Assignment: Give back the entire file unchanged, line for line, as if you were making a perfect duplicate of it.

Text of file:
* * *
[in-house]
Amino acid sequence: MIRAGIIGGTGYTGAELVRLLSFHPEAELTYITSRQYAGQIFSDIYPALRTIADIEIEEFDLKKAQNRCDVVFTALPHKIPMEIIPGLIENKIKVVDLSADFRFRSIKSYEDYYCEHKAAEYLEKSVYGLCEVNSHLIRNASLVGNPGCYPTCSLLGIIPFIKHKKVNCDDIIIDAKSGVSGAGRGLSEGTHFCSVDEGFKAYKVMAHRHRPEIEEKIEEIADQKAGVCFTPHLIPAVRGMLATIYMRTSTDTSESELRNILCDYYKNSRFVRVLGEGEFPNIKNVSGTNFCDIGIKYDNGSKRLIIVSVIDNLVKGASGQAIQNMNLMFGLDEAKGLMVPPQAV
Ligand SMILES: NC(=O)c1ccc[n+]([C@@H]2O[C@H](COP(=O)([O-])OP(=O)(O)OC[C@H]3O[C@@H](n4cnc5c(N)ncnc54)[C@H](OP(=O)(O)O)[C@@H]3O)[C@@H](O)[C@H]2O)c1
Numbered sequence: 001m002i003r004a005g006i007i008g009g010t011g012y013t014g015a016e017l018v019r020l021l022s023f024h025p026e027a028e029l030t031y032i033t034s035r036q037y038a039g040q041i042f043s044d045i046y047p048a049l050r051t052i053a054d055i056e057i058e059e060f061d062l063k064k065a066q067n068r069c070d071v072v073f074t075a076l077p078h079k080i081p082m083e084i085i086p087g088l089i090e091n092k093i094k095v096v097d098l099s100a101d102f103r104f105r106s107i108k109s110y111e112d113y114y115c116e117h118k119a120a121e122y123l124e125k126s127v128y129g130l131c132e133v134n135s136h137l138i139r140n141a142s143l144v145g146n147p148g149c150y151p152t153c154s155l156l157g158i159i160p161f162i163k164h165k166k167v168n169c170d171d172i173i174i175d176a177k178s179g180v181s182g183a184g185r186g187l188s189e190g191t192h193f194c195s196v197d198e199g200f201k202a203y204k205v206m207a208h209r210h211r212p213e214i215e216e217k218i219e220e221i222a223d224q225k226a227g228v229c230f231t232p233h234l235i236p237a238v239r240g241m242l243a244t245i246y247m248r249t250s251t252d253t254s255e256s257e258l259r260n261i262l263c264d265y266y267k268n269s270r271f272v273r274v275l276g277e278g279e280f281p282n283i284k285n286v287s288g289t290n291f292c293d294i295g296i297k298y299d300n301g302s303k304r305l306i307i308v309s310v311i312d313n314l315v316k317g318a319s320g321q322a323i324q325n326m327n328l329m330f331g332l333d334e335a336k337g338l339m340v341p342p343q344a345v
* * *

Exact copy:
[in-house]
Amino acid sequence: MIRAGIIGGTGYTGAELVRLLSFHPEAELTYITSRQYAGQIFSDIYPALRTIADIEIEEFDLKKAQNRCDVVFTALPHKIPMEIIPGLIENKIKVVDLSADFRFRSIKSYEDYYCEHKAAEYLEKSVYGLCEVNSHLIRNASLVGNPGCYPTCSLLGIIPFIKHKKVNCDDIIIDAKSGVSGAGRGLSEGTHFCSVDEGFKAYKVMAHRHRPEIEEKIEEIADQKAGVCFTPHLIPAVRGMLATIYMRTSTDTSESELRNILCDYYKNSRFVRVLGEGEFPNIKNVSGTNFCDIGIKYDNGSKRLIIVSVIDNLVKGASGQAIQNMNLMFGLDEAKGLMVPPQAV
Ligand SMILES: NC(=O)c1ccc[n+]([C@@H]2O[C@H](COP(=O)([O-])OP(=O)(O)OC[C@H]3O[C@@H](n4cnc5c(N)ncnc54)[C@H](OP(=O)(O)O)[C@@H]3O)[C@@H](O)[C@H]2O)c1
Numbered sequence: 001m002i003r004a005g006i007i008g009g010t011g012y013t014g015a016e017l018v019r020l021l022s023f024h025p026e027a028e029l030t031y032i033t034s035r036q037y038a039g040q041i042f043s044d045i046y047p048a049l050r051t052i053a054d055i056e057i058e059e060f061d062l063k064k065a066q067n068r069c070d071v072v073f074t075a076l077p078h079k080i081p082m083e084i085i086p087g088l089i090e091n092k093i094k095v096v097d098l099s100a101d102f103r104f105r106s107i108k109s110y111e112d113y114y115c116e117h118k119a120a121e122y123l124e125k126s127v128y129g130l131c132e133v134n135s136h137l138i139r140n141a142s143l144v145g146n147p148g149c150y151p152t153c154s155l156l157g158i159i160p161f162i163k164h165k166k167v168n169c170d171d172i173i174i175d176a177k178s179g180v181s182g183a184g185r186g187l188s189e190g191t192h193f194c195s196v197d198e199g200f201k202a203y204k205v206m207a208h209r210h211r212p213e214i215e216e217k218i219e220e221i222a223d224q225k226a227g228v229c230f231t232p233h234l235i236p237a238v239r240g241m242l243a244t245i246y247m248r249t250s251t252d253t254s255e256s257e258l259r260n261i262l263c264d265y266y267k268n269s270r271f272v273r274v275l276g277e278g279e280f281p282n283i284k285n286v287s288g289t290n291f292c293d294i295g296i297k298y299d300n301g302s303k304r305l306i307i308v309s310v311i312d313n314l315v316k317g318a319s320g321q322a323i324q325n326m327n328l329m330f331g332l333d334e335a336k337g338l339m340v341p342p343q344a345v